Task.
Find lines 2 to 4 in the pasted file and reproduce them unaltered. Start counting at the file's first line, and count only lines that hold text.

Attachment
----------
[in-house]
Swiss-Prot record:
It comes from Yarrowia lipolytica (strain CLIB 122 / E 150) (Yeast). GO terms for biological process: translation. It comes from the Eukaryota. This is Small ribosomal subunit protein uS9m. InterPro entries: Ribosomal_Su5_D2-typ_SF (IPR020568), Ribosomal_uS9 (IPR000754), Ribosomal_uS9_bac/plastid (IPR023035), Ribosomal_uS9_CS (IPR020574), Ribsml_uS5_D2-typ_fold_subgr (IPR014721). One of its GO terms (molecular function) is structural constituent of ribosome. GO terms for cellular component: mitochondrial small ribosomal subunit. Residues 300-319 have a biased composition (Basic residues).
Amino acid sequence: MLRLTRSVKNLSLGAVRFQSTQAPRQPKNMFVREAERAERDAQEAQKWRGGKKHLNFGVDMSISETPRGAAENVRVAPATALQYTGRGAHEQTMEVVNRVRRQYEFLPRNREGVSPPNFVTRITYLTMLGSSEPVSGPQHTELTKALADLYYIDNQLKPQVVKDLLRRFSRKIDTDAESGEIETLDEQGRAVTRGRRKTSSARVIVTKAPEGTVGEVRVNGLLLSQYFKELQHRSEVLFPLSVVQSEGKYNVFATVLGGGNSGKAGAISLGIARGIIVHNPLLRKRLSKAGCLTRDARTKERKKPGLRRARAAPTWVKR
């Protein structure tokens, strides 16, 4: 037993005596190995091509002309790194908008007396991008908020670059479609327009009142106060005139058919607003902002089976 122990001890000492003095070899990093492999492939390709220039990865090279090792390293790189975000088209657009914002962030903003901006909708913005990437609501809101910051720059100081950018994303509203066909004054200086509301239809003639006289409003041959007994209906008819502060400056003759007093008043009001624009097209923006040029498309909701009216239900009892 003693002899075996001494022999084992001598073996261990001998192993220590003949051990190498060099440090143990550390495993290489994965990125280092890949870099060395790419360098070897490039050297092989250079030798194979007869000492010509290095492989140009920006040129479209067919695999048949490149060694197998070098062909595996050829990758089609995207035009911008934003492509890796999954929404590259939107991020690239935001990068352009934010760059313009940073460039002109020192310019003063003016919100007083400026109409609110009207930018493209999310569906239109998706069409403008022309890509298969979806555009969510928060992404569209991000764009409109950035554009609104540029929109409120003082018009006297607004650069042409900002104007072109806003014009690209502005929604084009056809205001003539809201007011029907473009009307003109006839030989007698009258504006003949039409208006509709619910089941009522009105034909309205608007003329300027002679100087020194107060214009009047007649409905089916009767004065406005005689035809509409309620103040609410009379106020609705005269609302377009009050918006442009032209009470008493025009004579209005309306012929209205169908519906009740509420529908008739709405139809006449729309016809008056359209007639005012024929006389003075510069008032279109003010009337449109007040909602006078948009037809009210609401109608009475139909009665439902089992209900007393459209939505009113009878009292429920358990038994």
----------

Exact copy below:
Swiss-Prot record:
It comes from Yarrowia lipolytica (strain CLIB 122 / E 150) (Yeast). GO terms for biological process: translation. It comes from the Eukaryota. This is Small ribosomal subunit protein uS9m. InterPro entries: Ribosomal_Su5_D2-typ_SF (IPR020568), Ribosomal_uS9 (IPR000754), Ribosomal_uS9_bac/plastid (IPR023035), Ribosomal_uS9_CS (IPR020574), Ribsml_uS5_D2-typ_fold_subgr (IPR014721). One of its GO terms (molecular function) is structural constituent of ribosome. GO terms for cellular component: mitochondrial small ribosomal subunit. Residues 300-319 have a biased composition (Basic residues).
Amino acid sequence: MLRLTRSVKNLSLGAVRFQSTQAPRQPKNMFVREAERAERDAQEAQKWRGGKKHLNFGVDMSISETPRGAAENVRVAPATALQYTGRGAHEQTMEVVNRVRRQYEFLPRNREGVSPPNFVTRITYLTMLGSSEPVSGPQHTELTKALADLYYIDNQLKPQVVKDLLRRFSRKIDTDAESGEIETLDEQGRAVTRGRRKTSSARVIVTKAPEGTVGEVRVNGLLLSQYFKELQHRSEVLFPLSVVQSEGKYNVFATVLGGGNSGKAGAISLGIARGIIVHNPLLRKRLSKAGCLTRDARTKERKKPGLRRARAAPTWVKR